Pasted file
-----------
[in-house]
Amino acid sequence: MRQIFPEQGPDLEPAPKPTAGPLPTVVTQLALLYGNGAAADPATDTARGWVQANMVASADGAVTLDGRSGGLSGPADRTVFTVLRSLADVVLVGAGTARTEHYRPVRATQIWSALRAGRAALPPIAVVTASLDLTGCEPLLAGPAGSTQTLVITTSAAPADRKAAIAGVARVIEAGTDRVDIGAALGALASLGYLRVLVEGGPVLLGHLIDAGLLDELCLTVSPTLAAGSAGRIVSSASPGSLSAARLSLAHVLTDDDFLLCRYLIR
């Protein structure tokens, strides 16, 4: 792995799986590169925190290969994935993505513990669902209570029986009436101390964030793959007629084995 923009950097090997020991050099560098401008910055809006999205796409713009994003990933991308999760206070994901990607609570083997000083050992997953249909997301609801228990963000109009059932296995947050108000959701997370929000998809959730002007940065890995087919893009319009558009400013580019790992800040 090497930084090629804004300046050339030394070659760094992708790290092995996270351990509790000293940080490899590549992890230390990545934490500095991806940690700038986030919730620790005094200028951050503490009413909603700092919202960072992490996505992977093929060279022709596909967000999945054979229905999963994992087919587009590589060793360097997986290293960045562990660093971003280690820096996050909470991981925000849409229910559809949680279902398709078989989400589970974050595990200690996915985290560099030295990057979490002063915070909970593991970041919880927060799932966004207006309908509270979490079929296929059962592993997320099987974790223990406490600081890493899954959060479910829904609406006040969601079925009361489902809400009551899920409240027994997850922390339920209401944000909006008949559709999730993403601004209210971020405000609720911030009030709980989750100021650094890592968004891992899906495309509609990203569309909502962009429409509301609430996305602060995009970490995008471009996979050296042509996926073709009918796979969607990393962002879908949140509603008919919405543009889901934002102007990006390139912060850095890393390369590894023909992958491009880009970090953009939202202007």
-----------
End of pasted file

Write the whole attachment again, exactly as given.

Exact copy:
[in-house]
Amino acid sequence: MRQIFPEQGPDLEPAPKPTAGPLPTVVTQLALLYGNGAAADPATDTARGWVQANMVASADGAVTLDGRSGGLSGPADRTVFTVLRSLADVVLVGAGTARTEHYRPVRATQIWSALRAGRAALPPIAVVTASLDLTGCEPLLAGPAGSTQTLVITTSAAPADRKAAIAGVARVIEAGTDRVDIGAALGALASLGYLRVLVEGGPVLLGHLIDAGLLDELCLTVSPTLAAGSAGRIVSSASPGSLSAARLSLAHVLTDDDFLLCRYLIR
């Protein structure tokens, strides 16, 4: 792995799986590169925190290969994935993505513990669902209570029986009436101390964030793959007629084995 923009950097090997020991050099560098401008910055809006999205796409713009994003990933991308999760206070994901990607609570083997000083050992997953249909997301609801228990963000109009059932296995947050108000959701997370929000998809959730002007940065890995087919893009319009558009400013580019790992800040 090497930084090629804004300046050339030394070659760094992708790290092995996270351990509790000293940080490899590549992890230390990545934490500095991806940690700038986030919730620790005094200028951050503490009413909603700092919202960072992490996505992977093929060279022709596909967000999945054979229905999963994992087919587009590589060793360097997986290293960045562990660093971003280690820096996050909470991981925000849409229910559809949680279902398709078989989400589970974050595990200690996915985290560099030295990057979490002063915070909970593991970041919880927060799932966004207006309908509270979490079929296929059962592993997320099987974790223990406490600081890493899954959060479910829904609406006040969601079925009361489902809400009551899920409240027994997850922390339920209401944000909006008949559709999730993403601004209210971020405000609720911030009030709980989750100021650094890592968004891992899906495309509609990203569309909502962009429409509301609430996305602060995009970490995008471009996979050296042509996926073709009918796979969607990393962002879908949140509603008919919405543009889901934002102007990006390139912060850095890393390369590894023909992958491009880009970090953009939202202007």